Friday, July 14, 2017

Freight Stops: Sacred Heart Novitiate Winery

Novitiate Winery main structure, c. 1900. [John Baggerly]
Perhaps an unlikely patron of the Los Gatos freight yard was the Sacred Heart Novitiate Winery that for over a century has overlooked Los Gatos. Originally, the ranch of Harvey Wilcox sat atop the hill, but in 1886 the Society of Jesus (Jesuits) purchased his 40-acre orchard, which already contained a small vineyard and many orange trees, to house their new facility. An initial structure was erected in 1888, followed by the large cement building still extant, which was completed in 1893. The Jesuits of Santa Clara College (now Santa Clara University) partially constructed the winery to fund a nearby seminary school for the college. The wine produced at the Novitiate was intended for use in the Eucharist, but other types of wine were quickly developed. The winery employed almost exclusively seminary students—novices—from the nearby seminary college. Work at the winery was a form of devotion, and students were encouraged to pray and remain silent during work hours, but could enjoy the evenings freely. The primary and oldest building of the winery is a three-story, gravity-flow winery that remains in use today. Other support structures, such as the large administrative building, also remain in place, albeit heavily modified.

Birdseye view of the Sacred Heart Novitiate, with Los Gatos and the railroad station visible in the background, c. 1900.
When precisely the winery began shipping out wine via the local railroad is unknown, but it could date to as early as 1888 and was definitely in use by 1919. No rail service ever made it to the base of the Novitiate property, although it came close along the Los Gatos Manufacturing Company spur that terminated just before the Main Street bridge. It seems more likely that the wine was carted across the bridge and loaded at the freight depot, and this was definitely the case after 1909 when the old spur was removed. Waiting boxcars would sit on one of the team tracks at the depot and ship out on passing trains or, after 1940, with one of the daily mixed trains. No special facilities were built for the Novitiate except possibly a loading mechanism of some kind to gently load the cases of bottled wine onto the cars.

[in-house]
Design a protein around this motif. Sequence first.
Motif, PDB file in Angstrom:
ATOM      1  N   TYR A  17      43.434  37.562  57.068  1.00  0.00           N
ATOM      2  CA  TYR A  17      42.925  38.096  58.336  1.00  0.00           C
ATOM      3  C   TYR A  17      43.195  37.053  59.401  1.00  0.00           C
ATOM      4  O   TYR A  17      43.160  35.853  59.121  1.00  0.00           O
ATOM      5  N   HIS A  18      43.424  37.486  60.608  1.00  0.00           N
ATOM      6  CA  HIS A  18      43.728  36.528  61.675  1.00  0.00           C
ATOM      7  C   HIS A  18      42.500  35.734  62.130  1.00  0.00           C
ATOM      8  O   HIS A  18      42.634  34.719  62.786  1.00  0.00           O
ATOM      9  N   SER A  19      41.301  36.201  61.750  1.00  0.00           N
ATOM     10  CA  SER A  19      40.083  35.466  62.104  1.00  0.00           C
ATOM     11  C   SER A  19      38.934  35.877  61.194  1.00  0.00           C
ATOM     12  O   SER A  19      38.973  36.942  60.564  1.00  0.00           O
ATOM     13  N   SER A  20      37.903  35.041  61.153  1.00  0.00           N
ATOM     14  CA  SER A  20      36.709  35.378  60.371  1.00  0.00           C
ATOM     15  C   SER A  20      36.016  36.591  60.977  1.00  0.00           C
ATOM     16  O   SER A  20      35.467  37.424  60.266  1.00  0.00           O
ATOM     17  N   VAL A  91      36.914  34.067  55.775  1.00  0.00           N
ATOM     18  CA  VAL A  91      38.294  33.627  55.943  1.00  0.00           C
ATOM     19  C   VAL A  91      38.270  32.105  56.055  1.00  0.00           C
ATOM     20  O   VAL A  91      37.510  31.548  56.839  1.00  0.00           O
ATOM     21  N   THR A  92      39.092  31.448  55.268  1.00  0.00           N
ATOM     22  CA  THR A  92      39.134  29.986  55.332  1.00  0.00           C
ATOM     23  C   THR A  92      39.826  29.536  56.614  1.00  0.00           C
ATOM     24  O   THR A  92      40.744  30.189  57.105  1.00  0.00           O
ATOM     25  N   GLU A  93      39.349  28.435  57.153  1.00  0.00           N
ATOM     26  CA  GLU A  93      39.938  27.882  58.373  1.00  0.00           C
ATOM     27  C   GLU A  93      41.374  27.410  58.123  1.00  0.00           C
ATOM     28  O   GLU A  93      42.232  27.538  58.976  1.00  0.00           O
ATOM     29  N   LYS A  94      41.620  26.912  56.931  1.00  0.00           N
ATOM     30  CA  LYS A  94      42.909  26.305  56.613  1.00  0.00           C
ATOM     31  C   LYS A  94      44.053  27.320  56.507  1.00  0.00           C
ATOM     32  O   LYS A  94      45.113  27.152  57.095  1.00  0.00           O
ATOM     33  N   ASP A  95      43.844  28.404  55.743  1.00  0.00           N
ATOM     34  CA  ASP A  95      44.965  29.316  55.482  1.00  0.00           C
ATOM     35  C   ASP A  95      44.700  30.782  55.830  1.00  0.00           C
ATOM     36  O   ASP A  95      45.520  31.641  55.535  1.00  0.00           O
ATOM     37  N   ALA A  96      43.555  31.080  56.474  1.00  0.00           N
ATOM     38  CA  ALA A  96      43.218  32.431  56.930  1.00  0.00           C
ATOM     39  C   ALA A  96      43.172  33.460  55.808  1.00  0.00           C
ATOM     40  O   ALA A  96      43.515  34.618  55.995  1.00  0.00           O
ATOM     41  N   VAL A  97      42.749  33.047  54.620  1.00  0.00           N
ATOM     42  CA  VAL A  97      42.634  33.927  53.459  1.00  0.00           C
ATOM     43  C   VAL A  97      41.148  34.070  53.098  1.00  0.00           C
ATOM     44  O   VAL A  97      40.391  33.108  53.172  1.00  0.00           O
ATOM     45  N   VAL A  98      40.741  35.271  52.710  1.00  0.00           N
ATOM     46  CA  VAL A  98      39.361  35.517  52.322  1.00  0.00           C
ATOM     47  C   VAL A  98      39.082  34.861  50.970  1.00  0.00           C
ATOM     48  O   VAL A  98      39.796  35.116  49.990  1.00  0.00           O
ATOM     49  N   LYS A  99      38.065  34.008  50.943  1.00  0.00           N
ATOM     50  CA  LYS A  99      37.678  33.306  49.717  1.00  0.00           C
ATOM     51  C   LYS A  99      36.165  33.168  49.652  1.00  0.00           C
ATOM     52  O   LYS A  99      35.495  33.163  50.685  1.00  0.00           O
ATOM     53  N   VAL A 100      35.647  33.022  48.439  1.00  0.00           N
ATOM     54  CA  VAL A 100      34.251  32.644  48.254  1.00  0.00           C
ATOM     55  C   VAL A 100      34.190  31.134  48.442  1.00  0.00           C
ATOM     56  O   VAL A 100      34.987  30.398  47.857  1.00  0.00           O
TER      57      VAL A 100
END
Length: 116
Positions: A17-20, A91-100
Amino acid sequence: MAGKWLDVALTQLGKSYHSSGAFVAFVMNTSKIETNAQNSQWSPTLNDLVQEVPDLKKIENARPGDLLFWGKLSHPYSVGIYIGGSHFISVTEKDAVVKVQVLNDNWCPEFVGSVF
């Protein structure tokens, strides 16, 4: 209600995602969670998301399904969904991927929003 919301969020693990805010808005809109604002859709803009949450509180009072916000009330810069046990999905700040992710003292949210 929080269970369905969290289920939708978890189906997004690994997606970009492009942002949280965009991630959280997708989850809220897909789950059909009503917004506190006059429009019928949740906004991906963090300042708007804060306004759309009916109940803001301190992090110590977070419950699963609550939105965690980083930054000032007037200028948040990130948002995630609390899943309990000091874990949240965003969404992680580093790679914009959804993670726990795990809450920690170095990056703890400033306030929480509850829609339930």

Sacred Heart Novitiate campus with vineyards, 1897. Photo by Hill and Tucker. [Novitiate]
Novices working in the Novitiate vines in 1953. Photo by
Margaret Bourke-White. [California Province Jesuit Archives]
When Prohibition hit in 1919, the demand for altar wine jumped exponentially, causing the winery to expand. Over the course of the next two decades, the Novitiate began purchasing available nearby land, including 250 acres from the Harry Tevis estate in 1934. This property became Alma College, a new home for the seminary that was once at Santa Clara College. A total of 83 acres were dedicated exclusively to wine manufacturing and grape growing. The total volume of wine reached over 100,000 cases per annum. However, the soil had degraded during this period of expansion and the grape stock began to decrease in quality. Student numbers also began to decline, making it more difficult to recruit students for the hard work of tending the vines and winery. At its height, 120 students 14 priests resided at the Novitiate, but numbers dropped drastically beginning in the 1950s. Meanwhile, the population of Los Gatos was growing and rail service was replaced by truck in 1959.

Los Gatos freight yard team track near the freight platform, c. 1940. [Railroads of Los Gatos]
Alma College was eventually relocated to Berkeley in 1968 to become a member school of the Graduate Theological Union. It is now the Jesuit School of Theology. The winery remained in limited operation for another eighteen years, after which it was leased to various local wine-producers. In 1997, Rob and Diana Jensen, who had been running a small vineyard on their property since 1993, purchased the Novitiate grounds and began to produce their home label Testarossa (Italian for "red head," in reference to Rob's hair color) at the vineyard. Their primary products are Chardonnay and Pinot Noir, of which they produce around 30,000 cases annually The continue to operate within the historic structures, although they also have upgraded the buildings extensively for efficiency, and health and safety. It remains the fourth oldest continuously operating winery in California.

Right-of-way north of downtown Los Gatos, with the Novitiate Winery on the hillside to the far left, c. 1950s.
Photo by Charlie Ward. [Railroads of Los Gatos]
Geo-Coordinates & Access Rights:
37.214˚N, 121.981˚W

The site of the Novitiate is now known as Testarossa Winery, but the location remains the same and can be accessed via Prospect Avenue. The property can be visited and hired out for special functions. The Sacred Heart Jesuit Center and the Novitiate of the Sacred Heart church sit next door and also can be visited.

Citations & Credits:


  1. My goodness, I'll be near "Holy Hill" in Berkeley and will now, as a wine drinker, have a deeper appreciation for its history!

  2. Most famous seminary student there at the Novitiate in Los Gatos was probably Jerry Brown, who picked grapes in the vineyard above the winery from 1956 to 1960. Others spent those years in college, but perhaps our four time governor learned as much as they did just picking grapes.


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